partisan, and maybe it is. I‘ve had a criticism myself for years now
against the Bush administration, especially Vice President Cheney, for
confusing us. The war in Iraq had nothing to do with 9/11. We kept being
told that it did. There was this conflation going on that—words that
were suggestive that somehow, we were getting even when we went into Iraq
for what had happened to us on 9/11, when they had nothing to do with each
There‘s also the use of that term, which I think was very—very
distractive, “weapons of mass destruction.” I don‘t know why the past
administration didn‘t simply say nuclear weapons, nuclear weapons. We have
to fight them. We have to deal with the proliferation issue. Your
thoughts on that matter. Are we getting more clarity here than we got
under the previous administration?
BROWN: The fact that this man in his presentation just a moment ago
did not even reference 9/11 is a major step, frankly, for all of us. We
should not relate this back to 9/11. Jack Kennedy, when he made his
remarks, was dealing essentially with the same issue. I suspect that not
much of this current weapons-grade nuclear materials that‘s in the hands of
a whole series of nations was, in fact, available at that time. It‘s
happened since then. It‘s happened before 9/11. And in some cases, I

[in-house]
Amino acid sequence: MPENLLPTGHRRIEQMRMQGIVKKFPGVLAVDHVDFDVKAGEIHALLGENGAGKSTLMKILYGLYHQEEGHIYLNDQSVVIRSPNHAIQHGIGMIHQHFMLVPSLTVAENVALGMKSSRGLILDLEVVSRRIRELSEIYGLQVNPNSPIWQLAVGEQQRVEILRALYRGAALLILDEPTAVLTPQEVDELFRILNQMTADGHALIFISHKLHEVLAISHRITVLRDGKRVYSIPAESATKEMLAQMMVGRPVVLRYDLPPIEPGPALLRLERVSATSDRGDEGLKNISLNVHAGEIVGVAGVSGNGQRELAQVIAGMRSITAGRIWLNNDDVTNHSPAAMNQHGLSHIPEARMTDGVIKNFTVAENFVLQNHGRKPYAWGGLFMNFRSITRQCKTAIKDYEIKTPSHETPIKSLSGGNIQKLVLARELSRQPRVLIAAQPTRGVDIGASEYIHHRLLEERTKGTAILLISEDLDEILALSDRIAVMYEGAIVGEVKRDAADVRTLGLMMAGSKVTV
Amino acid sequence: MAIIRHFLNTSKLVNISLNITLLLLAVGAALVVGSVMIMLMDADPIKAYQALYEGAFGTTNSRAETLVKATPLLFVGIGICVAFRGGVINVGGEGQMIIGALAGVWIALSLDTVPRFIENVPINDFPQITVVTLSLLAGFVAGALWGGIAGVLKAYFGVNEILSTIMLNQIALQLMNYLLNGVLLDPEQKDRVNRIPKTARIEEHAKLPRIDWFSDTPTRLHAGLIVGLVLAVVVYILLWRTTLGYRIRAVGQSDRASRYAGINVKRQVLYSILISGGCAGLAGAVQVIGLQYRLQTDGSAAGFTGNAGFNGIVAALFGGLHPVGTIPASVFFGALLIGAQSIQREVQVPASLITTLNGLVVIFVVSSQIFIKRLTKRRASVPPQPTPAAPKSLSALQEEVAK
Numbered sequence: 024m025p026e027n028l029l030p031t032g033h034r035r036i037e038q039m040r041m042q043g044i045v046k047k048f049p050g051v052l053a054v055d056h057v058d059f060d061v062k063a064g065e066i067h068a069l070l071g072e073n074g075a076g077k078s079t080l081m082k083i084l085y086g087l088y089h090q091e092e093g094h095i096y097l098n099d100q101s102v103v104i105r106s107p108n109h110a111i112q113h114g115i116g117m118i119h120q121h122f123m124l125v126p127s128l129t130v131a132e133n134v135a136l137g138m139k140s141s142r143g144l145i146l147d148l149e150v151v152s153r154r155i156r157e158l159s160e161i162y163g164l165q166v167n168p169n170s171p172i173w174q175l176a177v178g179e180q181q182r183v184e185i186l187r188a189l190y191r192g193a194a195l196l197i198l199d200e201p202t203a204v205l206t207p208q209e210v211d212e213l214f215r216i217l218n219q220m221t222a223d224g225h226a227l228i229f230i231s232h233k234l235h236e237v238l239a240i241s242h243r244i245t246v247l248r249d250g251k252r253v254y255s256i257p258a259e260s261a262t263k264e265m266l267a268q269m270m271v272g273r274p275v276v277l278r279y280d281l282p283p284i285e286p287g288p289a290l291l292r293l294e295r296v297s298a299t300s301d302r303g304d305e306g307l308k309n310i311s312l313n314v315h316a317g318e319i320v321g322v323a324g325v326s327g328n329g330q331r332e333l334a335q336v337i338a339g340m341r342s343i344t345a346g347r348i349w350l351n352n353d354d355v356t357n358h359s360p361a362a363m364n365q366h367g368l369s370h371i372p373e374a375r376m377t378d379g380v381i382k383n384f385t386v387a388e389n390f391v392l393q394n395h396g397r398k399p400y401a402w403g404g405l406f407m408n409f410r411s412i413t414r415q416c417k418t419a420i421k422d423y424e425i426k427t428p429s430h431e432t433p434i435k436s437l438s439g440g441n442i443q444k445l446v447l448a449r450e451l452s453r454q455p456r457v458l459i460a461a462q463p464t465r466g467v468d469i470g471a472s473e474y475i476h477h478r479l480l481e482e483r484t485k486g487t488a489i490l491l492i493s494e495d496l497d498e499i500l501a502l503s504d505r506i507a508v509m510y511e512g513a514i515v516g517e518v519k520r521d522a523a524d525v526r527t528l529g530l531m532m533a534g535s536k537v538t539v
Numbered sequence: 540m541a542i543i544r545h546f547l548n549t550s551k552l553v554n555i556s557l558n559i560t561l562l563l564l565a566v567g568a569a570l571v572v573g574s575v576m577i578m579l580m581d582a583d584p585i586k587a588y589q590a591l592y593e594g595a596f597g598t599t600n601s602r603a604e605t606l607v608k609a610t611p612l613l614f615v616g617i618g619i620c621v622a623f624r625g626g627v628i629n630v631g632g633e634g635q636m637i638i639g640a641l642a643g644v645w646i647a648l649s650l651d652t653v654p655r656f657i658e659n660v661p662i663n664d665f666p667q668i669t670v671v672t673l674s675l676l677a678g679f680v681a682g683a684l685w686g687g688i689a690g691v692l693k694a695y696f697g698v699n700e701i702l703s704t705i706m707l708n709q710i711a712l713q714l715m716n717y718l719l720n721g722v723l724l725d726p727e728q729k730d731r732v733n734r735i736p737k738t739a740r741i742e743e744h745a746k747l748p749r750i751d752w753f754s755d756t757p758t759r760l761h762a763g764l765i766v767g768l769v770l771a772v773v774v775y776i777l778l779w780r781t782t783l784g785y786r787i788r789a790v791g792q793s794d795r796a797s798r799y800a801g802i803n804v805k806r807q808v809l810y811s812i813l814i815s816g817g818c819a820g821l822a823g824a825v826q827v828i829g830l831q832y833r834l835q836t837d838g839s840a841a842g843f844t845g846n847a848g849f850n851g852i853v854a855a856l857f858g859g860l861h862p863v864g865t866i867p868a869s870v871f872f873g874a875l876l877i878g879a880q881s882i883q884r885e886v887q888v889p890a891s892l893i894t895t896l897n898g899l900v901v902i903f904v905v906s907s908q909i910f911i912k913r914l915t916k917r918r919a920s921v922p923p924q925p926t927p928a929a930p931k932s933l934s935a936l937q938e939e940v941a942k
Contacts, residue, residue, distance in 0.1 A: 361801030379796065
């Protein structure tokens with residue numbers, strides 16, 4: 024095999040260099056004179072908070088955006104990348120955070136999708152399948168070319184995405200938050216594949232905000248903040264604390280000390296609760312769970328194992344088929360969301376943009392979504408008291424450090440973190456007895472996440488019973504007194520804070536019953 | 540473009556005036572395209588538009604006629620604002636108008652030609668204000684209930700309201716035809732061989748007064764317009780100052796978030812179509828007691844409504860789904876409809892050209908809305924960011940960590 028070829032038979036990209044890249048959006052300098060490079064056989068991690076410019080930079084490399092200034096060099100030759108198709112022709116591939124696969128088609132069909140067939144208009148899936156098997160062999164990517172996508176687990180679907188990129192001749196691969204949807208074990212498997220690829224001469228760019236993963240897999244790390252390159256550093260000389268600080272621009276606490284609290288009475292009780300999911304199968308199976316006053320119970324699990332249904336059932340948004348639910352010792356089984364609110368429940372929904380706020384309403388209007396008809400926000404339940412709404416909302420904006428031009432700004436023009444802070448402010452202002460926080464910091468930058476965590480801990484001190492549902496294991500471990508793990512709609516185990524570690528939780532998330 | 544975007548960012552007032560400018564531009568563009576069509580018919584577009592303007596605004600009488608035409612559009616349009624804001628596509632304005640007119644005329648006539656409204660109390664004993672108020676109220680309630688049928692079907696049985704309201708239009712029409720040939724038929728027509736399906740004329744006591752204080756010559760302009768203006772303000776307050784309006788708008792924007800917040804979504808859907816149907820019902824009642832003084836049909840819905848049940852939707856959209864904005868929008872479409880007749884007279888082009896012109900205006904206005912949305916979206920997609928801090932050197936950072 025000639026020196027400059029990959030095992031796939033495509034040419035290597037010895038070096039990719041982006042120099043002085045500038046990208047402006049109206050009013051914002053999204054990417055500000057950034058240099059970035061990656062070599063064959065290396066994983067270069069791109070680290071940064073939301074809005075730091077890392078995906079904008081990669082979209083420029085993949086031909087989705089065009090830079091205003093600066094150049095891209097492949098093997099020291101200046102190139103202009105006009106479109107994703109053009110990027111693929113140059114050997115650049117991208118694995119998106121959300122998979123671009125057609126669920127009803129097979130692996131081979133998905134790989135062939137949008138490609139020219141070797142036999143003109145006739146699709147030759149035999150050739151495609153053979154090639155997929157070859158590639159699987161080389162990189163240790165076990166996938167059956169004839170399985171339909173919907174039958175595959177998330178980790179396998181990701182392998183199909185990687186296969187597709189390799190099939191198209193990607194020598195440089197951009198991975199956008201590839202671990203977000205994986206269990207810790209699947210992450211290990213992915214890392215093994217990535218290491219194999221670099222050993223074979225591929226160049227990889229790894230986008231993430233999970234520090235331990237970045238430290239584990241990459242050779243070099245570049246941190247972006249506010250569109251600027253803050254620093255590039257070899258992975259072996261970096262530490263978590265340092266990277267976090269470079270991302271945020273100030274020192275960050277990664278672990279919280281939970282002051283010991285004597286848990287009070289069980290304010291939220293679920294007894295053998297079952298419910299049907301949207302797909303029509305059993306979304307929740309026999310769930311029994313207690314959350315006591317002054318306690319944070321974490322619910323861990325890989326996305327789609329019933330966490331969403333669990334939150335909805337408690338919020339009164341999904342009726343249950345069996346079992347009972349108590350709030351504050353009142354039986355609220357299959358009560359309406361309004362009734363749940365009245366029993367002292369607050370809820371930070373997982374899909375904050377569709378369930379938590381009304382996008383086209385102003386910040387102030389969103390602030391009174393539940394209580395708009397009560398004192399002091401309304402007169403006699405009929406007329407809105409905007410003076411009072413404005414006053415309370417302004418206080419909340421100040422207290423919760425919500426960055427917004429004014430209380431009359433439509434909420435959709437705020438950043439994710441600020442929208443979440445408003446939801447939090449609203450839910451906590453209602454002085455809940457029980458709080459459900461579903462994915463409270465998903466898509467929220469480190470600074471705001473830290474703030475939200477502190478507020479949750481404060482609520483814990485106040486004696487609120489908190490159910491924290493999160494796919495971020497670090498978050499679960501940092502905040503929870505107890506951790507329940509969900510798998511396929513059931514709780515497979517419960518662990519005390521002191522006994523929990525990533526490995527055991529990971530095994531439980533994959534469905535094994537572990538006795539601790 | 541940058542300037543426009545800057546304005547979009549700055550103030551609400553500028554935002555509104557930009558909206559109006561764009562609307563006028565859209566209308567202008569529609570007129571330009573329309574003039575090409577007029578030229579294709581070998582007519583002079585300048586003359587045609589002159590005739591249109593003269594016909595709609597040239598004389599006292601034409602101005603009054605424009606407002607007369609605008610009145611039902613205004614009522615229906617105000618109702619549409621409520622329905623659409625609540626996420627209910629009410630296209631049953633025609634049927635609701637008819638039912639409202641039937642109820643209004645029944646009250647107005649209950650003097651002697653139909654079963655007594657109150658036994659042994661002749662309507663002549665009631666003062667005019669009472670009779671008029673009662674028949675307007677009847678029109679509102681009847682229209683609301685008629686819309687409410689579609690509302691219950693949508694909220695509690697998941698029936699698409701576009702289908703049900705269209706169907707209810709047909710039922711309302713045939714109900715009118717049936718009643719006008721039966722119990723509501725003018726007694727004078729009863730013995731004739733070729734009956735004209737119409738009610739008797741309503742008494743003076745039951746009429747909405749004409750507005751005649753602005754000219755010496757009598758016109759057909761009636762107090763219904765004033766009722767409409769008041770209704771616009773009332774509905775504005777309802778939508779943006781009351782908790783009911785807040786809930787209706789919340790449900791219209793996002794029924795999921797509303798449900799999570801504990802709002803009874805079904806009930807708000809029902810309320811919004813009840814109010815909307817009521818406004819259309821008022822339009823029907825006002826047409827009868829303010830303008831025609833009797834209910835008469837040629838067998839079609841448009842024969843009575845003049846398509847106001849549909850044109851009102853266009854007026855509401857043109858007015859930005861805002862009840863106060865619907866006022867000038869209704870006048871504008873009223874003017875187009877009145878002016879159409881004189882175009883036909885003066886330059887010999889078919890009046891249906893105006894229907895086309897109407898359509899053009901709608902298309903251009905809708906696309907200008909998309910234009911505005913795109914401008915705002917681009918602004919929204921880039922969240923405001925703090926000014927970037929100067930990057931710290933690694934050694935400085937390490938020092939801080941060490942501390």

suspect it‘s happened after 9/11.
9/11 should not be the anchor tenet on this issue. The anchor tenet
is the potential for the destruction of mankind as we know it, and that‘s
what Barack Obama is trying to deal with.
BUCHANAN: OK, listen, you‘re right, Chris, weapons of mass
destruction can include chemical shells, of which millions were fired in
World War I, or a hydrogen bond with one megaton, which can destroy any
city in the world. I think the separation of nuclear weapons out is
vitally important because those are the real things that are a real threat
to the United States of America, whereas I say—I mean, they used
chemical weapons. The British used them in Iraq. They‘ve been used in
Yemen and everywhere else.
MATTHEWS: Well, I think they were used to get us into Iraq, is what I
think they were used for.
BUCHANAN: Well, that‘s—they conflate...
MATTHEWS: For rhetorical purposes.
BUCHANAN: They conflate. When say “weapons of mass destruction,”
you‘re talking about an artillery shell with chemicals in it or an atomic
MATTHEWS: Well, I think we might be getting some more clarity here
Mr. Mayor, thank you.
President Obama on Iran sanctions—let‘s listen to the president
this afternoon, right now.
(BEGIN VIDEO CLIP)
BARACK OBAMA, PRESIDENT OF THE UNITED STATES: What sanctions do
accomplish is hopefully to change the calculus of a country like Iran, so
that they see that there are more costs and fewer benefits to pursuing a
nuclear weapons program.
And, in that process, what we hope is, is that, if those costs get
high enough, and the benefits are—are low enough, that, in time, they
make the—the right decision, not just for the security and prosperity of
the world, but also for their own people.
(END VIDEO CLIP)
MATTHEWS: Sometimes, I think Americans are too rational.
I wonder, Pat, and then Mr. Mayor, if you think as well. The
president is talking about a very rational cost-benefit analysis on behalf
of the—the—the ayatollahs, the—the mullahs over in Iran...
MATTHEWS: ... and their mouthpiece, Ahmadinejad.
The question I have is, do you think they think rationally? Are they
thinking in terms of economic costs if they go nuclear, as opposed to the
benefits of having that prestige weapon they seem to want to have?